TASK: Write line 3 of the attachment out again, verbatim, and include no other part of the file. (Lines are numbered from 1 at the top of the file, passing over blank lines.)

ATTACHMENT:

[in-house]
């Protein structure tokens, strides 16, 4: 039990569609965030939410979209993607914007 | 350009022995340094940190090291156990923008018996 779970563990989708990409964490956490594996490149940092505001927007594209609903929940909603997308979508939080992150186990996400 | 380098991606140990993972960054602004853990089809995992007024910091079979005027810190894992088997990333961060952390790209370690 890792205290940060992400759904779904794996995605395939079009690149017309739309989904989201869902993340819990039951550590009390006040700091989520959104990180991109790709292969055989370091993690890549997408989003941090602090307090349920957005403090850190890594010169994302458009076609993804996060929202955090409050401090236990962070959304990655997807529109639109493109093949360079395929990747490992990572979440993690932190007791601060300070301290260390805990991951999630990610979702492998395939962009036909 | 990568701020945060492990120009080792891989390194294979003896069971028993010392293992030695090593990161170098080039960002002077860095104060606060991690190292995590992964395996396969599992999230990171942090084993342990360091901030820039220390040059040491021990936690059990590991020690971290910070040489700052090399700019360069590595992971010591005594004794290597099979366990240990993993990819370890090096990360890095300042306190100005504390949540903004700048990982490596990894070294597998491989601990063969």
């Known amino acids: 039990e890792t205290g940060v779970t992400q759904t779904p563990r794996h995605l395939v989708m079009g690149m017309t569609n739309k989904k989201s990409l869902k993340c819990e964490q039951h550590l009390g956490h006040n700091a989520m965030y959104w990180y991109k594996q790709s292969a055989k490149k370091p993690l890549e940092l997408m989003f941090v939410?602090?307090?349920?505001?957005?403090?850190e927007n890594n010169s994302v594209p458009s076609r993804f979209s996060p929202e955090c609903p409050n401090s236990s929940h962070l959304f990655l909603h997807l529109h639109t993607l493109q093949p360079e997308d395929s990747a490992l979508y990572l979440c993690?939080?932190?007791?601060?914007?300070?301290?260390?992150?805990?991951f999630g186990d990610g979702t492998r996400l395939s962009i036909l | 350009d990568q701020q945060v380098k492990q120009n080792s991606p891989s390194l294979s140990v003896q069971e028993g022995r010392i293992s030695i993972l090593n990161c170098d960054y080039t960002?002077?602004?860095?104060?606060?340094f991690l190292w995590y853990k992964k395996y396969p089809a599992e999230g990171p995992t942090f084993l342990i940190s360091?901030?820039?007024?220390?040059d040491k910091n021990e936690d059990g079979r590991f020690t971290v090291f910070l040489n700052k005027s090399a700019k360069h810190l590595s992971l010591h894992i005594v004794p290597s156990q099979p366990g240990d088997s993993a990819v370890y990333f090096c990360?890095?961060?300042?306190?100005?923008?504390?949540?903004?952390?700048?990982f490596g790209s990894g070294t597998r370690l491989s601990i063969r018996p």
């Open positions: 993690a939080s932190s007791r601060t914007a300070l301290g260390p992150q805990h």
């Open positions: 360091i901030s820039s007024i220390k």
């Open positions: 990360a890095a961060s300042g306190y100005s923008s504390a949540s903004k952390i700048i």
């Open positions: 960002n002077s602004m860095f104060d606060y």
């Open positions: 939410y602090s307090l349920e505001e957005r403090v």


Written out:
């Known amino acids: 039990e890792t205290g940060v779970t992400q759904t779904p563990r794996h995605l395939v989708m079009g690149m017309t569609n739309k989904k989201s990409l869902k993340c819990e964490q039951h550590l009390g956490h006040n700091a989520m965030y959104w990180y991109k594996q790709s292969a055989k490149k370091p993690l890549e940092l997408m989003f941090v939410?602090?307090?349920?505001?957005?403090?850190e927007n890594n010169s994302v594209p458009s076609r993804f979209s996060p929202e955090c609903p409050n401090s236990s929940h962070l959304f990655l909603h997807l529109h639109t993607l493109q093949p360079e997308d395929s990747a490992l979508y990572l979440c993690?939080?932190?007791?601060?914007?300070?301290?260390?992150?805990?991951f999630g186990d990610g979702t492998r996400l395939s962009i036909l | 350009d990568q701020q945060v380098k492990q120009n080792s991606p891989s390194l294979s140990v003896q069971e028993g022995r010392i293992s030695i993972l090593n990161c170098d960054y080039t960002?002077?602004?860095?104060?606060?340094f991690l190292w995590y853990k992964k395996y396969p089809a599992e999230g990171p995992t942090f084993l342990i940190s360091?901030?820039?007024?220390?040059d040491k910091n021990e936690d059990g079979r590991f020690t971290v090291f910070l040489n700052k005027s090399a700019k360069h810190l590595s992971l010591h894992i005594v004794p290597s156990q099979p366990g240990d088997s993993a990819v370890y990333f090096c990360?890095?961060?300042?306190?100005?923008?504390?949540?903004?952390?700048?990982f490596g790209s990894g070294t597998r370690l491989s601990i063969r018996p």